Drones are great for all kinds of things, including shooting incredible 700-shot gigapixel images than Burning Man for example. But they can also be used for nefarious purposes, carrying explosives or expelling the bejesus from the Secret Service while trying to protect the prez. Dedrone already has a suite of antidrone tools with over 700 solutions in the hands of armed forces around the world. Today, the company announced it is adding a handheld system that can interfere with radio frequencies, effectively preventing drone pilots from flying their own drones.
Once the connection is lost, the next thing depends on the drone and how it is programmed to behave after it loses contact with the pilot. Some will just lie down wherever they are, others will try to navigate back to the starting location. It’s unclear what would happen if a drone operates autonomously with a programmed path, or possibly some sort of self-flying algorithm that takes it to its target.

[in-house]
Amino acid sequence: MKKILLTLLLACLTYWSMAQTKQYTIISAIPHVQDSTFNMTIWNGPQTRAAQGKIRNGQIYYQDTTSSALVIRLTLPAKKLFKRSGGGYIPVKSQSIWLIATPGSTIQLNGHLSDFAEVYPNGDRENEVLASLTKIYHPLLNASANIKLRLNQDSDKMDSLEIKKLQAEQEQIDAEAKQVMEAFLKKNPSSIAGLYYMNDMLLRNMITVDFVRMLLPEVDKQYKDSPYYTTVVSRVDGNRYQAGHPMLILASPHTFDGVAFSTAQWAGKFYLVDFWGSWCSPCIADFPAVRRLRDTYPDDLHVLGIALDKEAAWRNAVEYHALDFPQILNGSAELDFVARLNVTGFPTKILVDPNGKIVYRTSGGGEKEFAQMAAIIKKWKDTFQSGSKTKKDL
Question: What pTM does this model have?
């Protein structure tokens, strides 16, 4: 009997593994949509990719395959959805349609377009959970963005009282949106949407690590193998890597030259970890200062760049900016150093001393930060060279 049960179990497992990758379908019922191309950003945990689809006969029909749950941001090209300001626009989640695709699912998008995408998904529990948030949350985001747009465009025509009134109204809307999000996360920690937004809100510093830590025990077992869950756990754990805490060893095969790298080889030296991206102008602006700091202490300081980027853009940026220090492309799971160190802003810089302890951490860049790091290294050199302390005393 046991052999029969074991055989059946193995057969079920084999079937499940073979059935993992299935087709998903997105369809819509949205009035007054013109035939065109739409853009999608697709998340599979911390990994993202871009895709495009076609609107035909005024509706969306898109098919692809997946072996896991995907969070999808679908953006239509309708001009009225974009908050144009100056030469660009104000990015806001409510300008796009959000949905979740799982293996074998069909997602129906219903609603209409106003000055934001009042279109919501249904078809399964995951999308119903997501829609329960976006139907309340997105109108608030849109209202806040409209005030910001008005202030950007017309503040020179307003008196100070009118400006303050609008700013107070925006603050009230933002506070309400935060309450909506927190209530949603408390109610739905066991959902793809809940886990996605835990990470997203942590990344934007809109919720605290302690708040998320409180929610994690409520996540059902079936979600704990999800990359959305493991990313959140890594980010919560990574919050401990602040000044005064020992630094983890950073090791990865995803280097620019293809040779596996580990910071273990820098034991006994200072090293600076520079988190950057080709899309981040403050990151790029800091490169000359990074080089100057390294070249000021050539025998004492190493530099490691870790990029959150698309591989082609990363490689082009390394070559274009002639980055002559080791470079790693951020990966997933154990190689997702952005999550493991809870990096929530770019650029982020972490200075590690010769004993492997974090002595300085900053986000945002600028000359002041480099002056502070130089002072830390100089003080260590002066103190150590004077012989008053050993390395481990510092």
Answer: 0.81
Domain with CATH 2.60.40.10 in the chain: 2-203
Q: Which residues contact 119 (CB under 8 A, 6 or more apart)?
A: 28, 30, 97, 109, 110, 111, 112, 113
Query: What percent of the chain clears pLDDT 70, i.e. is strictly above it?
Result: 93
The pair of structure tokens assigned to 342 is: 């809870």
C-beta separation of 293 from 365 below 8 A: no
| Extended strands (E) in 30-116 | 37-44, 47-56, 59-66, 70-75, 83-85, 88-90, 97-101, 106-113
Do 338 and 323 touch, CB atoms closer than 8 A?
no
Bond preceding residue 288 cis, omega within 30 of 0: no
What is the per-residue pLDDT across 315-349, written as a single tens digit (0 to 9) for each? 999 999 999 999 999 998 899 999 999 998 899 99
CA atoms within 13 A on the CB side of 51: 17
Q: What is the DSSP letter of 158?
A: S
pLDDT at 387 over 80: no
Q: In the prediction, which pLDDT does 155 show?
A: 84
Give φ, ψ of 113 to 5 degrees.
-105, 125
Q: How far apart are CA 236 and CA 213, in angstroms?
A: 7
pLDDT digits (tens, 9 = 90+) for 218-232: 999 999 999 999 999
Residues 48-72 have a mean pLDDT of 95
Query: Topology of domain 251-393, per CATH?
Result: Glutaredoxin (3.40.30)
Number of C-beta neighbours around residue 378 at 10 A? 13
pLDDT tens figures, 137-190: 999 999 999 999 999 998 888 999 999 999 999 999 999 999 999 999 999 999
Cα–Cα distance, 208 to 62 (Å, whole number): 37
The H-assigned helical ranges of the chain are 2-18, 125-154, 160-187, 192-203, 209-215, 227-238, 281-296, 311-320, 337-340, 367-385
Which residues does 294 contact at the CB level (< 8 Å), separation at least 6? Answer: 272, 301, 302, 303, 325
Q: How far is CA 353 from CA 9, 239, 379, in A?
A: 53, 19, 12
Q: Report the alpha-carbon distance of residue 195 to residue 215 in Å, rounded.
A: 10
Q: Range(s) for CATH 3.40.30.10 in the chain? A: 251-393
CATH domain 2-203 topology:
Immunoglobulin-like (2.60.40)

The new DedroneDefender is aimed at civilian, state and local law enforcement in urban environments. Weighing in at 7.5 pounds and measuring 22 inches in length, it uses narrowband (or “comb”) jamming to ensure minimal interference with other devices. Once communication on a drone is interrupted, the tool goes into a pre-programmed safety mode to minimize risk to others and damage to the drone, the company claims.
“DroneDefender is a valuable resource for extremely hostile environments, as proven by our federal and military customers,” said Aaditya Devarakonda, CEO of Dedrone. “DedroneDefender extends that security to law enforcement and is an essential tool in a layered defense approach. It is easy to deploy and use for drone mitigation, especially when combined with the threat prioritization provided by DedroneTracker. Our solution library is constantly being updated to ensure that both DroneDefender and DedroneDefender can reduce even the latest manufactured and DIY drones.”
However, you cannot buy them yourself. For starters, US law prohibits the disabling of aircraft; DoD or Homeland Security may be authorized to take out a drone they identify as a terrorist threat (say at the Super Bowl), but local law enforcement or stadium security cannot legally take down the drone under current law. Unless you have very deep pockets and some pretty special authorizations, you’re out of luck. DedroneDefender’s price range runs into the tens of thousands of dollars.